South Lake Tahoe City Attorney Thomas Watson said the ordinance is not currently being enforced because of the legal challenges and that the city has been in talks with Bellucci. The action by the state Supreme Court could mean the council may have to rescind the ordinance, and the topic will be addressed at the next council meeting, he said.

El Dorado County District Attorney Vern Pierson said Thursday that the Legislature has failed to address the need for balanced restrictions, something that may lead to new initiative drives.

This is more than anything else due to the Legislature’s inability to craft appropriate legislation to control the behavior and conduct of sex offenders that are out,” Pierson said.

He added that the county had crafted policies he thought were appropriate and similar to those in Orange County, allowing an offender to get written permission from the sheriff to be in certain public places around children.

I think there’s this misimpression that we want to ban sex offenders from going anywhere and doing anything,” Pierson said. “What we’re attempting to do is deal with the unusual situations where they’re predatory. If they go to an ice skating rink because they want to look at the young children, that’s who we’re trying to prevent from being in that kind of situation.”

Conversely, Pierson said, there is no intent to bar registered sex offenders from being able to drop off their own child at school.

It’s trying to balance the competing rights here in an appropriate way that safeguards the children,” Pierson said.

Any further efforts to change sex offender laws now must be made by legislators, Schroeder said, adding that her office still feels such local limits are appropriate.

We felt like, for what it’s worth, I think it’s good for sex offenders not to be around children,” she said.

IL - Ex-Illinois lawmaker (Keith Farnham) charged with child porn possession, in graphic federal complaint

Keith Farnham
Keith Farnham
Original Article


An Illinois state lawmaker who resigned his House seat in March was charged Monday with possession of child pornography, in a federal complaint that detailed graphic online chats.

Former Rep. Keith Farnham, a 66-year-old Democrat, was accused of having two child porn videos on a computer seized from his state office.

The complaint described alleged online chats between an email address linked to Farnham and others in which they discussed their child porn preferences.

"12 is about as old as i can handle. i love them at 6 7 8," read one message, allegedly from the address associated with Farnham, in a chat from November.

The same user, in a chat later that month, also allegedly recalled sexually molesting a 6-year-old girl.

The complaint contains graphic details about pornographic images and videos allegedly traded and sought by Farnham; some of the images were of children under 10 years old and at least one is an infant, the filing said.

According to the Chicago Tribune, Farnham twice co-sponsored bills that would toughen penalties for child porn offenses.

The lawmaker has not been arrested but is scheduled to make an initial appearance in U.S. District Court in Chicago on Wednesday. Farnham has not responded to requests for comment.

Several computers and electronic storage devices with child pornography were discovered in searches on March 13 at Farham's office and home in Elgin, just west of Chicago.

Farnham, who was first elected in 2008, resigned his seat on March 19 -- days after the search warrants were executed. He said at the time that he had to attend to "battling serious health issues."

Suspicion fell on Farnham after authorities linked an email used to trade child pornography online to the then-legislator, the complaint said.

A conviction on a single count of possession of child pornography carries a maximum sentence of 10 years in prison.

See Also:

CA - North State Psychotherapist wants changes to Megan's Law

Dawn Horwitz-Person
Dawn Horwitz-Person
Original Article


Dawn Horwitz-Person is a Sex Offender Treatment Specialist in Chico. She deals with some of the most violent and dangerous convicted sex offenders in the north state. She has also been featured on "Oprah," and "Anderson Cooper 360." Oprah Winfrey flew to Chico in 2010 to meet with Horwitz-Person and four of her patients, who openly discussed how and why they chose their victims.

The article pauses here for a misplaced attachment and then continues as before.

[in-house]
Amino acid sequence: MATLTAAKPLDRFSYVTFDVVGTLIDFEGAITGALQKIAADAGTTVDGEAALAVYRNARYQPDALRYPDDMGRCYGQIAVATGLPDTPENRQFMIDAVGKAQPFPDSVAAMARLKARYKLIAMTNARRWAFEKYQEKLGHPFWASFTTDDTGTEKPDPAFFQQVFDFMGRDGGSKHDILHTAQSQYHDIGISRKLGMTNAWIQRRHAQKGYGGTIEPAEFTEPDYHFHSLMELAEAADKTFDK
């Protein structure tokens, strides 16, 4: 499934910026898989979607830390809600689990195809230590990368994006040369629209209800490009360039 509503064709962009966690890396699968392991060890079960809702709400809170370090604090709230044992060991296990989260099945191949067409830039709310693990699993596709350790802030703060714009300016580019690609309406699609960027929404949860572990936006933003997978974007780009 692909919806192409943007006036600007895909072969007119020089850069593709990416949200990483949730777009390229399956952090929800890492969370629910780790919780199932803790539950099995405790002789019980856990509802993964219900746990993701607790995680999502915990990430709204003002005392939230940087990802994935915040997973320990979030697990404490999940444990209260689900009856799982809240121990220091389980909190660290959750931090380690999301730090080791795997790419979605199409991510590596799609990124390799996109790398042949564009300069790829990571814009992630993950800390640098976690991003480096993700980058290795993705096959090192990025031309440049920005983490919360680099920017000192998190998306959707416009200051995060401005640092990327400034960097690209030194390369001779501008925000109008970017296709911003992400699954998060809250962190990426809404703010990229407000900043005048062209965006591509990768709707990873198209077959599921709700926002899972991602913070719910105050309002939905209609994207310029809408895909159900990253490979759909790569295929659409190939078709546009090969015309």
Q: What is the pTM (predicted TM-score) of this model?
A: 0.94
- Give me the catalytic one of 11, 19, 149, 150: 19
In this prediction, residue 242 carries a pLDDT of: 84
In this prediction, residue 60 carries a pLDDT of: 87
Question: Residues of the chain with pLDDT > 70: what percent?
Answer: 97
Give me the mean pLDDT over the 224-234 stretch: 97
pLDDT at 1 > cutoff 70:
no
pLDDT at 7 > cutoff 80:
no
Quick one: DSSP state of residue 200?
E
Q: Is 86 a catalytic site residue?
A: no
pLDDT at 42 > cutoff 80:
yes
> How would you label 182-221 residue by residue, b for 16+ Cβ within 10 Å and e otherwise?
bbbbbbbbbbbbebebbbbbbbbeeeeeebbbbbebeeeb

Horwitz-Person is one of many California Phycho-therapists hoping for changes to the California Department of Justice's sex offender registry Megan's Law, because she says it is misleading. Says Horwitz-Person, "If 90 percent of the people are offended by someone they know and love and trust, how is knowing where somebody lives going to keep your child safe?" She describes what she calls three fundamental problems with Megan's Law. She says it gives people a false sense of security, because they look at the dots on the sex offender map, determine they don't live close to any offenders, and feel safe. She says, "Ok, nobody lives by me. This is safe, and they forget that most offenders offend because they're family. People they know and love and trust. They're people they allow into their homes." Horwitz-Person adds that the registry makes people think about the stranger in the van down the street, instead of focusing on those who are allowed in the home, and given access to their kids. She says, "If it's focused on keeping that stranger danger myth alive, how are we really protecting our kids if they're not getting accurate information? We need to have conversations with our children about 'OK touch' and 'Not Ok touch.' Ninety percent of the current sex crimes are committed by people who have never been arrested, before we know who they are law enforcement knows who they are." Horwitz-Person says many predators are able to plea bargain off the registry, even though they are at high risk to re-offend. She says, "Something that may start out as felony rape will be plea bargained to somebody accepting a felony sexual battery. Felony sexual battery doesn't have to register. That person could be a really dangerous person, and they're not on Megan's Law." She cites one former patient who lives in Chico with multiple sexual battery offenses, who was able to stay off the list. She says, "I'm talking somebody who has crossed all barriers, with children, adults, men, women, animals, you name it. And this person, nobody knows about, and he's not on the registry." She says the final problem with Megan's Law is that it lumps in all offenders together, without taking into consideration the type or date of offense, and the risk assessment. She says it's a waste of money and resources to monitor some offenders, while others who are considered high-risk are not monitored once they're off probation.

The California Sex Offender Management Board has asked Governor Jerry Brown to create a risk-tier system, so that the most dangerous offenders can be more closely monitored. To watch Horwitz-Person's appearance on Oprah, click here.